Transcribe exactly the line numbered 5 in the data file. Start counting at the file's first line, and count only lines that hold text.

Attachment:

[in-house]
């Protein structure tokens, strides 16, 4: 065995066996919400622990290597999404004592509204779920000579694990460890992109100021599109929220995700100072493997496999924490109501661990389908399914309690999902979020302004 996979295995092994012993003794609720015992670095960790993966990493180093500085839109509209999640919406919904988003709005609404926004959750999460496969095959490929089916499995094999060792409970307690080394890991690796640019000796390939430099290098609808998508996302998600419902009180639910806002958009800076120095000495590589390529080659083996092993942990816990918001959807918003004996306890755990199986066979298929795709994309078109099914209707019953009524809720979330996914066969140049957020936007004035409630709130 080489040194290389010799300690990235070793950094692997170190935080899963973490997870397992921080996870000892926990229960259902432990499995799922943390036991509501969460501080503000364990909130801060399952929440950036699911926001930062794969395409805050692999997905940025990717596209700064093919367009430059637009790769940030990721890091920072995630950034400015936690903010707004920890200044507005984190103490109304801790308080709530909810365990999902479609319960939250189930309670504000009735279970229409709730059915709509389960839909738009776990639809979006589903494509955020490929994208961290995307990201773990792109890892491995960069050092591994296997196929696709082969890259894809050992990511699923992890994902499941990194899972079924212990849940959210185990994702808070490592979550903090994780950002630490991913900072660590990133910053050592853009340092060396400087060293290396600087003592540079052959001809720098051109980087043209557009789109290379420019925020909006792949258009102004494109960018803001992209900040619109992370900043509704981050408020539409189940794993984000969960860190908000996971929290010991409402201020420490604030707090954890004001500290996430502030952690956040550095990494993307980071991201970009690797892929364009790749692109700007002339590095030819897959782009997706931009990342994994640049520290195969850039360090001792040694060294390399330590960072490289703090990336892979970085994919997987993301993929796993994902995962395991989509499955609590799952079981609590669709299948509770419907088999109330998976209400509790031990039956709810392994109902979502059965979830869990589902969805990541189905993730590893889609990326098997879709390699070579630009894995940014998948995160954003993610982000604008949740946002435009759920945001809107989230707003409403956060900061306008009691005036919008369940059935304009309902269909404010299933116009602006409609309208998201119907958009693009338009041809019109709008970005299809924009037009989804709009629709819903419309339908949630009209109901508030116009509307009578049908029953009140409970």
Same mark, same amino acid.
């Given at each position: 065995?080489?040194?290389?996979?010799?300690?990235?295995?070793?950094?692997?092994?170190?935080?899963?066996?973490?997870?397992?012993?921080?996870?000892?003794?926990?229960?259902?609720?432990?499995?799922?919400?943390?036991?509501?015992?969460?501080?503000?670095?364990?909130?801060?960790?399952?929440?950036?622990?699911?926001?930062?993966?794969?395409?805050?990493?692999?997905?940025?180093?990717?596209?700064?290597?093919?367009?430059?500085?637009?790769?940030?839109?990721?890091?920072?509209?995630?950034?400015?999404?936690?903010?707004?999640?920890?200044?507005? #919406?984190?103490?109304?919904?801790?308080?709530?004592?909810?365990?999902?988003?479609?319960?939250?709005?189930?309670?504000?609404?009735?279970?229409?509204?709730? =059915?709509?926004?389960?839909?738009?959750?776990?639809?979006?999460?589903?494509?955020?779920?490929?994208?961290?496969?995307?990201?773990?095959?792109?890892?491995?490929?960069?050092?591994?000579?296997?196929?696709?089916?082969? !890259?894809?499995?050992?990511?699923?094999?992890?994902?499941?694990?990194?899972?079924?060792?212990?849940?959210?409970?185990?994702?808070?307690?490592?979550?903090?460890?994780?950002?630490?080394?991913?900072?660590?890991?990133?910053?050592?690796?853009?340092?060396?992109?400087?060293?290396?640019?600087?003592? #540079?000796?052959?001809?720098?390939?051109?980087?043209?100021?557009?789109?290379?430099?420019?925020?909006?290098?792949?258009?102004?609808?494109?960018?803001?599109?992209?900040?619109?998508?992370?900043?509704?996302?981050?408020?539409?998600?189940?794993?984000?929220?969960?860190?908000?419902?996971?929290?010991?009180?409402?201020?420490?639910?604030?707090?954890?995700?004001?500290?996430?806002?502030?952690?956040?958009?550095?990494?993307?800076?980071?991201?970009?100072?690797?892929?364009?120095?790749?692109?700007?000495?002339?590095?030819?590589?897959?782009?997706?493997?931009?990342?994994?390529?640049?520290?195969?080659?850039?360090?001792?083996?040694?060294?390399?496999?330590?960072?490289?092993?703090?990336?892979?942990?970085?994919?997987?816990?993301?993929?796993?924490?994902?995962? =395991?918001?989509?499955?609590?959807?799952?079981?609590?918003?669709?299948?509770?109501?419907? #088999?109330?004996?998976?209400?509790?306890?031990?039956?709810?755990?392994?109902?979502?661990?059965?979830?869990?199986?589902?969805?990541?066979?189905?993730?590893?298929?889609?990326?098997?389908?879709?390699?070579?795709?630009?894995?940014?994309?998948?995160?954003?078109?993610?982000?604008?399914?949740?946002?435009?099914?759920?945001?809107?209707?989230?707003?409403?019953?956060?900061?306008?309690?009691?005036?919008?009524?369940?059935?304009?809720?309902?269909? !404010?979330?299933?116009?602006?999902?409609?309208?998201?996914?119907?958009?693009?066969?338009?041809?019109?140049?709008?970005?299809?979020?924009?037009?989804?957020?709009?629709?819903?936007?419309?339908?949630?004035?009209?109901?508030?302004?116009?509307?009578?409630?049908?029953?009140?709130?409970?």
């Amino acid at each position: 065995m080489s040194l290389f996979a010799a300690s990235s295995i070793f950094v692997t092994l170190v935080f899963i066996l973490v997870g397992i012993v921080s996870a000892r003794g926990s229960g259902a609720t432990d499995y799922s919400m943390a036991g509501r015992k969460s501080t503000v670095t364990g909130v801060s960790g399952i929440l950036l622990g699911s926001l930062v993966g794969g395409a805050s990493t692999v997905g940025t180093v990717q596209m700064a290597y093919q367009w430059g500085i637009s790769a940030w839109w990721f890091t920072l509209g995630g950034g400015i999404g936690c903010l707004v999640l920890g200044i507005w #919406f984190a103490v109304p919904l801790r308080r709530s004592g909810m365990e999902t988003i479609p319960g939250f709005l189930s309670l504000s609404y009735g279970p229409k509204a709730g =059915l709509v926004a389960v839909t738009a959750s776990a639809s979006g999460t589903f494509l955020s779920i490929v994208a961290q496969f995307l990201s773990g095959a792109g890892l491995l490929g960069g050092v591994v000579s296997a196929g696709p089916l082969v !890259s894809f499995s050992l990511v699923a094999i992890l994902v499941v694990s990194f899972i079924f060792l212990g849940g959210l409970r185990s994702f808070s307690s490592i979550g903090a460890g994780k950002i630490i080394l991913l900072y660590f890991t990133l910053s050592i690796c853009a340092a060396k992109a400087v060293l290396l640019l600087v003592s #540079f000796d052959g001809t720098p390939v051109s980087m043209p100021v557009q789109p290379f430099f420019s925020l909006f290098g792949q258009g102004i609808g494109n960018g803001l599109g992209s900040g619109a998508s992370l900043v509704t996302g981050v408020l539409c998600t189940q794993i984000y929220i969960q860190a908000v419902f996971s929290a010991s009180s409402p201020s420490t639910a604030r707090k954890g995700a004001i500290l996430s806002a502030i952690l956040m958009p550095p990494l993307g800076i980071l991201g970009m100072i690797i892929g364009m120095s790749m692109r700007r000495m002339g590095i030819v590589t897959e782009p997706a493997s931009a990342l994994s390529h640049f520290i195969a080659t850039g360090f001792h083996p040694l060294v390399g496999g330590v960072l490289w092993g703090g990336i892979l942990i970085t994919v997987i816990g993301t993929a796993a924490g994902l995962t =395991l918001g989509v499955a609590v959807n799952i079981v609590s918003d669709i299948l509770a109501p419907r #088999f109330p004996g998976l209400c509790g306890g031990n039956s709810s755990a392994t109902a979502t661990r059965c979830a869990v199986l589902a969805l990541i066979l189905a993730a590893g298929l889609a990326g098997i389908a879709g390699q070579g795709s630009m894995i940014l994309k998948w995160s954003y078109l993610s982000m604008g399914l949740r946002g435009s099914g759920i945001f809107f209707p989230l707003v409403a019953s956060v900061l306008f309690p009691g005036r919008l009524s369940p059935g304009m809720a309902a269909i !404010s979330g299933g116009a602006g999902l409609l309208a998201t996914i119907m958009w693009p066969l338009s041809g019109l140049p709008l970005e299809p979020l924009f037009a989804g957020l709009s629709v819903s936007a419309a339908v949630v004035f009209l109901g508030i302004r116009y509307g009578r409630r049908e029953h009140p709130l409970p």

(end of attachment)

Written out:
């Amino acid at each position: 065995m080489s040194l290389f996979a010799a300690s990235s295995i070793f950094v692997t092994l170190v935080f899963i066996l973490v997870g397992i012993v921080s996870a000892r003794g926990s229960g259902a609720t432990d499995y799922s919400m943390a036991g509501r015992k969460s501080t503000v670095t364990g909130v801060s960790g399952i929440l950036l622990g699911s926001l930062v993966g794969g395409a805050s990493t692999v997905g940025t180093v990717q596209m700064a290597y093919q367009w430059g500085i637009s790769a940030w839109w990721f890091t920072l509209g995630g950034g400015i999404g936690c903010l707004v999640l920890g200044i507005w #919406f984190a103490v109304p919904l801790r308080r709530s004592g909810m365990e999902t988003i479609p319960g939250f709005l189930s309670l504000s609404y009735g279970p229409k509204a709730g =059915l709509v926004a389960v839909t738009a959750s776990a639809s979006g999460t589903f494509l955020s779920i490929v994208a961290q496969f995307l990201s773990g095959a792109g890892l491995l490929g960069g050092v591994v000579s296997a196929g696709p089916l082969v !890259s894809f499995s050992l990511v699923a094999i992890l994902v499941v694990s990194f899972i079924f060792l212990g849940g959210l409970r185990s994702f808070s307690s490592i979550g903090a460890g994780k950002i630490i080394l991913l900072y660590f890991t990133l910053s050592i690796c853009a340092a060396k992109a400087v060293l290396l640019l600087v003592s #540079f000796d052959g001809t720098p390939v051109s980087m043209p100021v557009q789109p290379f430099f420019s925020l909006f290098g792949q258009g102004i609808g494109n960018g803001l599109g992209s900040g619109a998508s992370l900043v509704t996302g981050v408020l539409c998600t189940q794993i984000y929220i969960q860190a908000v419902f996971s929290a010991s009180s409402p201020s420490t639910a604030r707090k954890g995700a004001i500290l996430s806002a502030i952690l956040m958009p550095p990494l993307g800076i980071l991201g970009m100072i690797i892929g364009m120095s790749m692109r700007r000495m002339g590095i030819v590589t897959e782009p997706a493997s931009a990342l994994s390529h640049f520290i195969a080659t850039g360090f001792h083996p040694l060294v390399g496999g330590v960072l490289w092993g703090g990336i892979l942990i970085t994919v997987i816990g993301t993929a796993a924490g994902l995962t =395991l918001g989509v499955a609590v959807n799952i079981v609590s918003d669709i299948l509770a109501p419907r #088999f109330p004996g998976l209400c509790g306890g031990n039956s709810s755990a392994t109902a979502t661990r059965c979830a869990v199986l589902a969805l990541i066979l189905a993730a590893g298929l889609a990326g098997i389908a879709g390699q070579g795709s630009m894995i940014l994309k998948w995160s954003y078109l993610s982000m604008g399914l949740r946002g435009s099914g759920i945001f809107f209707p989230l707003v409403a019953s956060v900061l306008f309690p009691g005036r919008l009524s369940p059935g304009m809720a309902a269909i !404010s979330g299933g116009a602006g999902l409609l309208a998201t996914i119907m958009w693009p066969l338009s041809g019109l140049p709008l970005e299809p979020l924009f037009a989804g957020l709009s629709v819903s936007a419309a339908v949630v004035f009209l109901g508030i302004r116009y509307g009578r409630r049908e029953h009140p709130l409970p």